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5. Debbie S, Jacqueline S, Laura H, Andreina MM, Francesca H. Cognitive behaviour therapy for social anxiety in autism spectrum disorder : a systematic review. Advances in Autism ;2017 ;3(1):34-46.

Purpose Individuals who have autism spectrum disorders (ASD) commonly experience anxiety about social interaction and social situations. Cognitive behaviour therapy (CBT) is a recommended treatment for social anxiety (SA) in the non-ASD population. Therapy typically comprises cognitive interventions, imagery-based work and for some individuals, behavioural interventions. Whether these are useful for the ASD population is unclear. Therefore, the purpose of this paper is to undertake a systematic review to summarise research about CBT for SA in ASD. Design/methodology/approach Using a priori criteria, the authors searched for English-language peer-reviewed empirical studies in five databases. The search yielded 1,364 results. Titles, abstracts, and relevant publications were independently screened by two reviewers. Findings Four single case studies met the review inclusion criteria ; data were synthesised narratively. Participants (three adults and one child) were diagnosed with ASD and SA. There were commonalities in interventions and techniques used : participants were encouraged to identify and challenge negative thoughts, enter anxiety-provoking social situations, and develop new ways of coping. Unlike CBT for SA in non-ASD individuals, treatment also included social skills interventions. Outcomes were assessed using self- or informant-reports. Improvements in SA, depressive symptoms, social skills, and activity levels were noted. Generalisability of results is hampered, however, by the small number of studies and participants and lack of randomised controlled trial conditions employed. Research limitations/implications Future studies should investigate how beliefs and behaviours indicative of SA can be ameliorated in individuals with ASD. Originality/value This is the first review to synthesise empirical data about CBT for SA in ASD.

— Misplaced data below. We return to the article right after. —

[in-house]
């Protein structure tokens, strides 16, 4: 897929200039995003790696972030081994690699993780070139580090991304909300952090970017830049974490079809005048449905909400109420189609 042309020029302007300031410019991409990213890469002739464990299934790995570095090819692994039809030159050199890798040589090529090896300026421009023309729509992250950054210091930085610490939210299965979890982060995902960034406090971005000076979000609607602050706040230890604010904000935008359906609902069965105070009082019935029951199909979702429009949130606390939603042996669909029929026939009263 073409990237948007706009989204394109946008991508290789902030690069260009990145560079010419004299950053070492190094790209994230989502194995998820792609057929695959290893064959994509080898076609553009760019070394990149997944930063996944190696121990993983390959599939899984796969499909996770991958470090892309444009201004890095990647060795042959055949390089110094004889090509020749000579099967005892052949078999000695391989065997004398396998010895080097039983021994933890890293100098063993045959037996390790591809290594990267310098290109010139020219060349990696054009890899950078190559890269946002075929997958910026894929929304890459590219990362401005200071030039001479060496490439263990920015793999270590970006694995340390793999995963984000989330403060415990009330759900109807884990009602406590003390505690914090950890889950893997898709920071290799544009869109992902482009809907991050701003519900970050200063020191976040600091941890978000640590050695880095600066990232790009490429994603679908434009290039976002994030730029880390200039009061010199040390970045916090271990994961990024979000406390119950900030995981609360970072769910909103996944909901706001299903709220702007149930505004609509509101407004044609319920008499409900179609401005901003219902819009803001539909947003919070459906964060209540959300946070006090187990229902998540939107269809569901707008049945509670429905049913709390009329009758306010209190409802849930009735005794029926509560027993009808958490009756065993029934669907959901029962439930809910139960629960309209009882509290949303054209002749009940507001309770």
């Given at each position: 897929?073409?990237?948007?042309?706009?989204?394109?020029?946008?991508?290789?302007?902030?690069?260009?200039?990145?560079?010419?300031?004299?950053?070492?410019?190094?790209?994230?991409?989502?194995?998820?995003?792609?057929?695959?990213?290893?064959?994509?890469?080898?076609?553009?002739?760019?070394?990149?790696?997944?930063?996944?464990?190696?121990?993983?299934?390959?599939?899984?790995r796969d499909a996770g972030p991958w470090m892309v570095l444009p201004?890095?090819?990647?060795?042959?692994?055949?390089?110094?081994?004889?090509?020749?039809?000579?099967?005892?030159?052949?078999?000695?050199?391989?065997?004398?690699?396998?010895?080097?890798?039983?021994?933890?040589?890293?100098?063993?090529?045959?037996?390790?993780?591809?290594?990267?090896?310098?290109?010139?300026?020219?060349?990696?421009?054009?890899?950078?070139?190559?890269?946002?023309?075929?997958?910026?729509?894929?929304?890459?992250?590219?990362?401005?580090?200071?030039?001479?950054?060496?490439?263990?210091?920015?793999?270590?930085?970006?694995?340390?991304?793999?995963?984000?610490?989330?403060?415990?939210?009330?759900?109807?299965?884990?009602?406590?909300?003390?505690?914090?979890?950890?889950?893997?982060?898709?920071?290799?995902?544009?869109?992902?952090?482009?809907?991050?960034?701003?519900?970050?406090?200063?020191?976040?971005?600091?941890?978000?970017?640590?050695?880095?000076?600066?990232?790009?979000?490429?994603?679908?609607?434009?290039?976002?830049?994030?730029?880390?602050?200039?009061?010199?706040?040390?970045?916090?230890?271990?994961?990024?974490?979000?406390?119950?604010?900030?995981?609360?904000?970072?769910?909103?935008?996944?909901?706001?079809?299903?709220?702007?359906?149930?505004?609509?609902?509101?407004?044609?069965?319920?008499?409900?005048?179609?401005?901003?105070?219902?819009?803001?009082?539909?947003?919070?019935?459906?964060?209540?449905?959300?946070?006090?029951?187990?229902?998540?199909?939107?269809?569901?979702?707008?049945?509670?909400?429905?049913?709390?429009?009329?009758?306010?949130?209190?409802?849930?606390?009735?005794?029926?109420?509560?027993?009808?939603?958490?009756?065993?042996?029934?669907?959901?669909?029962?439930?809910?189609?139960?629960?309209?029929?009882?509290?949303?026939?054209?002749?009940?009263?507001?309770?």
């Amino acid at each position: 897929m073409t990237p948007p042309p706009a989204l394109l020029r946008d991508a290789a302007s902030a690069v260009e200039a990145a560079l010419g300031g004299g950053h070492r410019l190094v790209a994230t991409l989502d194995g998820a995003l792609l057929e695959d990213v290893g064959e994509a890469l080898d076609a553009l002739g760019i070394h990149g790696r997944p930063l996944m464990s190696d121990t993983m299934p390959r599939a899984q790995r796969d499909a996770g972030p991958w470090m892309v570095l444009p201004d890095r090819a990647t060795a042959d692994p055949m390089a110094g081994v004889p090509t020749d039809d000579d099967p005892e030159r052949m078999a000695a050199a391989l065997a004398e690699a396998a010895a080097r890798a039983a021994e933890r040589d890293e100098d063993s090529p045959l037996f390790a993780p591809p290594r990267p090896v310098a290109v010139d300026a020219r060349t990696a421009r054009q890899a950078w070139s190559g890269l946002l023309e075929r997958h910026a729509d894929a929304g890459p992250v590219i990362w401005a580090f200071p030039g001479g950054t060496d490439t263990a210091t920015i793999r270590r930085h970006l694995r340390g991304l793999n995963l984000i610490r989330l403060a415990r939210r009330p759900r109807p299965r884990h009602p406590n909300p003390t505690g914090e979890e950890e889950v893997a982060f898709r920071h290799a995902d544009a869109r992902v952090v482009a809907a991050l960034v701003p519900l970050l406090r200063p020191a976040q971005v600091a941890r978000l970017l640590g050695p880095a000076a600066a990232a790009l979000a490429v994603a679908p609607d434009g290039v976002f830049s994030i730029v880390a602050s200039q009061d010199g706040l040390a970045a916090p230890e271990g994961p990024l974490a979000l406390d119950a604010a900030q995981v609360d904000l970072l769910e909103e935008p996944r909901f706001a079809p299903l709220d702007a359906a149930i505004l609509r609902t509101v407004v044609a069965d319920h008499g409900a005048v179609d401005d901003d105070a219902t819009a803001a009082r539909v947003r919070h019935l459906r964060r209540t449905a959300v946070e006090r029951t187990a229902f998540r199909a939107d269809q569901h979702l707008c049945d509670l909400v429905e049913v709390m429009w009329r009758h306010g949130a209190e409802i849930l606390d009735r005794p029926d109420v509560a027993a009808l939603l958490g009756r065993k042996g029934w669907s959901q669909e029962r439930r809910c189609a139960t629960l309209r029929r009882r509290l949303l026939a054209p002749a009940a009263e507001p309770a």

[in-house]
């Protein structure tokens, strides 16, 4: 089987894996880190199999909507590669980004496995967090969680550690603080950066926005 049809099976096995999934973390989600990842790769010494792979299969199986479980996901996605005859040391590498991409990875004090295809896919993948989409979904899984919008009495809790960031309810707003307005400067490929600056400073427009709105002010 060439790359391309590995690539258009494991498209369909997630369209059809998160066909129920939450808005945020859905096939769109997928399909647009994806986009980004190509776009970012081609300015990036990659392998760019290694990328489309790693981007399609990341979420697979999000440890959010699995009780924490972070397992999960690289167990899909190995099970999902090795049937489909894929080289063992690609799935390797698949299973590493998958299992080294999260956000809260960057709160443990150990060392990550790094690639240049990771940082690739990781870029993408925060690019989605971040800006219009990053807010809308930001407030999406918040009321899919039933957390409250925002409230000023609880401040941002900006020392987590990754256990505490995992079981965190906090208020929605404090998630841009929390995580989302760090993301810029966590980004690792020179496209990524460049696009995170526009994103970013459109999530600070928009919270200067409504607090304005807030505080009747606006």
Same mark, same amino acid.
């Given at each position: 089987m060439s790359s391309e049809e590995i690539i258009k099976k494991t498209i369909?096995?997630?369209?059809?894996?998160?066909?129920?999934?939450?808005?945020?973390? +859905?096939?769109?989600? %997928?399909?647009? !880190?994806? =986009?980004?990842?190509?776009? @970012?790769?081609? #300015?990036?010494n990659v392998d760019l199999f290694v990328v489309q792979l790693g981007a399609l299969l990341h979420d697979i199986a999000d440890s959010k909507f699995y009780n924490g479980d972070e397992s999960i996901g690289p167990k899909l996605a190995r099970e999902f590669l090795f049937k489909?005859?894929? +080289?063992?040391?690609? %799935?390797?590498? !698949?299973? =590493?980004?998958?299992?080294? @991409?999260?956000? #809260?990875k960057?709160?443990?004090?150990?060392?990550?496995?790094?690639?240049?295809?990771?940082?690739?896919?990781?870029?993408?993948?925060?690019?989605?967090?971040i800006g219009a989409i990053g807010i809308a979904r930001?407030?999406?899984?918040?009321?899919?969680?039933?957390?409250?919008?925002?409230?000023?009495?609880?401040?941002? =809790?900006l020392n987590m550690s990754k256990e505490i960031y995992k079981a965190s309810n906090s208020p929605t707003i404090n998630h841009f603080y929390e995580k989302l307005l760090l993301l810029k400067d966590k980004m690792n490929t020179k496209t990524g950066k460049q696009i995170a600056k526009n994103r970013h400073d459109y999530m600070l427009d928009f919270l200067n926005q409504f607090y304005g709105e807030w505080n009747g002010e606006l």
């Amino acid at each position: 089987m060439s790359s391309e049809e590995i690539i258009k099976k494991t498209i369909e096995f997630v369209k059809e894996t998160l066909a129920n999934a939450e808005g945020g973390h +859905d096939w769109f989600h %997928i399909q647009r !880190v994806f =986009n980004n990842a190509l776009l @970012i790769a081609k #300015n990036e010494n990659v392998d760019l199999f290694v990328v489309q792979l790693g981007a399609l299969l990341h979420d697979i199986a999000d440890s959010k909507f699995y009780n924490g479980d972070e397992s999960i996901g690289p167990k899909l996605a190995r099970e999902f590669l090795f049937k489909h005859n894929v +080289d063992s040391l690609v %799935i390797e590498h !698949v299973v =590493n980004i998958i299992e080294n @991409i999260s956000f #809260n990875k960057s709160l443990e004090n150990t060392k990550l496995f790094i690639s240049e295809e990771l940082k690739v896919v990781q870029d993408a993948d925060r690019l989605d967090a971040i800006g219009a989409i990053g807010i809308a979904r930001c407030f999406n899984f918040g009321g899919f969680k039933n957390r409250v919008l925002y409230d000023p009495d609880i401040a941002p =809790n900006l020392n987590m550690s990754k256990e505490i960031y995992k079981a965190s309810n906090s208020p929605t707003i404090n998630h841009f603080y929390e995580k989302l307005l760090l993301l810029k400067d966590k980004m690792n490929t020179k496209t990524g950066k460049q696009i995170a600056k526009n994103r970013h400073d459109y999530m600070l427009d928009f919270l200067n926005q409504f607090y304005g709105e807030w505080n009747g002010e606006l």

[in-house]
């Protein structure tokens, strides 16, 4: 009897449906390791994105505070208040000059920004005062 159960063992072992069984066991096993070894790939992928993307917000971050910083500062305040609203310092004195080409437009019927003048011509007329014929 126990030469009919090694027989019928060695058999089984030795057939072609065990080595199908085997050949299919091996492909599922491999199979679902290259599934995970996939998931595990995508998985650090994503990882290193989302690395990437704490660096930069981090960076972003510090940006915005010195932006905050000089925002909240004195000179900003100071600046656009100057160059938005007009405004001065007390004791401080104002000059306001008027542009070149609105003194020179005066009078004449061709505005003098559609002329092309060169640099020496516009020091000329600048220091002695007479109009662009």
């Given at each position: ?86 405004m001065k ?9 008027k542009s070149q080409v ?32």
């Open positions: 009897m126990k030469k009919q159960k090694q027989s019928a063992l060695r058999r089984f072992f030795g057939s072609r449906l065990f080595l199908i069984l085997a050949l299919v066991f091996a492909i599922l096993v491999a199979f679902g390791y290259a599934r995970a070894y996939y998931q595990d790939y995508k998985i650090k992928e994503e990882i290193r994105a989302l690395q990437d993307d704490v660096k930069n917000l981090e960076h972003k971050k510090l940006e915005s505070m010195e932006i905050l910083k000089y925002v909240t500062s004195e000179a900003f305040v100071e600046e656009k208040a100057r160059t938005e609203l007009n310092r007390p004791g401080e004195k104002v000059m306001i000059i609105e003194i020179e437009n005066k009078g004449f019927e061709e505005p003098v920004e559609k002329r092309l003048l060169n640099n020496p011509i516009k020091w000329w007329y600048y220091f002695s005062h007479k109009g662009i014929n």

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6. Stephen W. Diagnosing ASD with fractal analysis. Advances in Autism ;2017 ;3(1):47-56.

Purpose Neuroscience is providing new tools to potentially improve diagnosis and classification of autism spectrum disorder (ASD) based on biomarkers. The purpose of this paper, is to describe certain applications of fractal analysis, a tool used to measure information complexity observed within electroencephalograph (EEG) signals and neurogenetic code. It is argued here that a better method of diagnosis of ASD may exist based on these new tools. Design/methodology/approach Selective review of literature focused on the diagnosis of ASD and recent technological advances in scientific approaches to diagnosis of ASD. It is argued that higher levels of complex, coherent data are inversely related to pathology ; in biological systems, lower complexity EEG during specific tasks may reveal pathology. Findings Clinicians and researchers are exploring new ways to describe mental illness based on biomarkers to improve reliability and validity of diagnostic methods. Specific application of chaos theory in the form of fractal analysis shows promise as one possible method. Originality/value This is a conceptual paper addressing the advantages of employing fractal analysis of EEG and genomics for the diagnosis of ASD.